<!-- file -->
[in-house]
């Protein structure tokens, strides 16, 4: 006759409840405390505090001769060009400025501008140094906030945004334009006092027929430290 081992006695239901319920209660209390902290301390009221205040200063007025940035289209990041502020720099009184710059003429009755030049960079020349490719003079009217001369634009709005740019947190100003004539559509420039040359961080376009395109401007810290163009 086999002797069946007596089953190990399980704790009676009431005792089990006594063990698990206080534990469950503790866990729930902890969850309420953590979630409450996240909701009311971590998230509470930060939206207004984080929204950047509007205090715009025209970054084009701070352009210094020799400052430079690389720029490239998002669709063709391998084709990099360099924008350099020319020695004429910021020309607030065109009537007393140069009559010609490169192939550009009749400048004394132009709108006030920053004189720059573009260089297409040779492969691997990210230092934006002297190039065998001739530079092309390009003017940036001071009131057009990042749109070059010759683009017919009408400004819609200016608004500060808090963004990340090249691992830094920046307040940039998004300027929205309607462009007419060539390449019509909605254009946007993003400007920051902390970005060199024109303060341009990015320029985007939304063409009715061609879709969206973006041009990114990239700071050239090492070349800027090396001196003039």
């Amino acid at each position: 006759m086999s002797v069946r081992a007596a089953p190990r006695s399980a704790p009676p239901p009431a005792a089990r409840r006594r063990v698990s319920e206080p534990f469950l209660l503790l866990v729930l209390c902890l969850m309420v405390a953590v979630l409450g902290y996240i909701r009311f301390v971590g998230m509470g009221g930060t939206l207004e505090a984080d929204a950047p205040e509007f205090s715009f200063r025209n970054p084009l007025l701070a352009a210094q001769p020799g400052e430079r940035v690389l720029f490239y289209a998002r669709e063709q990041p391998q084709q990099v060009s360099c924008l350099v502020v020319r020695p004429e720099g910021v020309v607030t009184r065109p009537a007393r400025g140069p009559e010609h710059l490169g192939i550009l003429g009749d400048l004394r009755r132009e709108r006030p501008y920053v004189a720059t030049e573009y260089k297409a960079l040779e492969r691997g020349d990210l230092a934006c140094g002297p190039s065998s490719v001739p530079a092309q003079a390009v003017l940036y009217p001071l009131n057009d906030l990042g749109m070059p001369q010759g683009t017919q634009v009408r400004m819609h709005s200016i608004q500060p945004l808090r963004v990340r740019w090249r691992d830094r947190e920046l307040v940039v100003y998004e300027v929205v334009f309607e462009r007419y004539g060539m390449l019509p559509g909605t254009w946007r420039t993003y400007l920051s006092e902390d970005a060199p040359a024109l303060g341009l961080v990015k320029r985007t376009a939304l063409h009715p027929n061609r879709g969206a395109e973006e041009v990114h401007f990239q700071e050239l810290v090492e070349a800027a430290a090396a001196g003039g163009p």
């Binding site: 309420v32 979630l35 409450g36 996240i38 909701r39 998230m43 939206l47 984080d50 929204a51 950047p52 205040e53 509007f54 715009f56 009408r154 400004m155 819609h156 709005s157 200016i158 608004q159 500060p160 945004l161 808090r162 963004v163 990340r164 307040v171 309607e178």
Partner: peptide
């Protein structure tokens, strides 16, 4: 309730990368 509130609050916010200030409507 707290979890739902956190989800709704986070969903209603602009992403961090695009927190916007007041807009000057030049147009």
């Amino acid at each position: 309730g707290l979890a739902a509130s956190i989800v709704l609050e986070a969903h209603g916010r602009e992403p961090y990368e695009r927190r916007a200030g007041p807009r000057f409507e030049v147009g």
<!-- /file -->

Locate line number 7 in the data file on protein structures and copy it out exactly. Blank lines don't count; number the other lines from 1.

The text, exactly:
């Amino acid at each position: 309730g707290l979890a739902a509130s956190i989800v709704l609050e986070a969903h209603g916010r602009e992403p961090y990368e695009r927190r916007a200030g007041p807009r000057f409507e030049v147009g």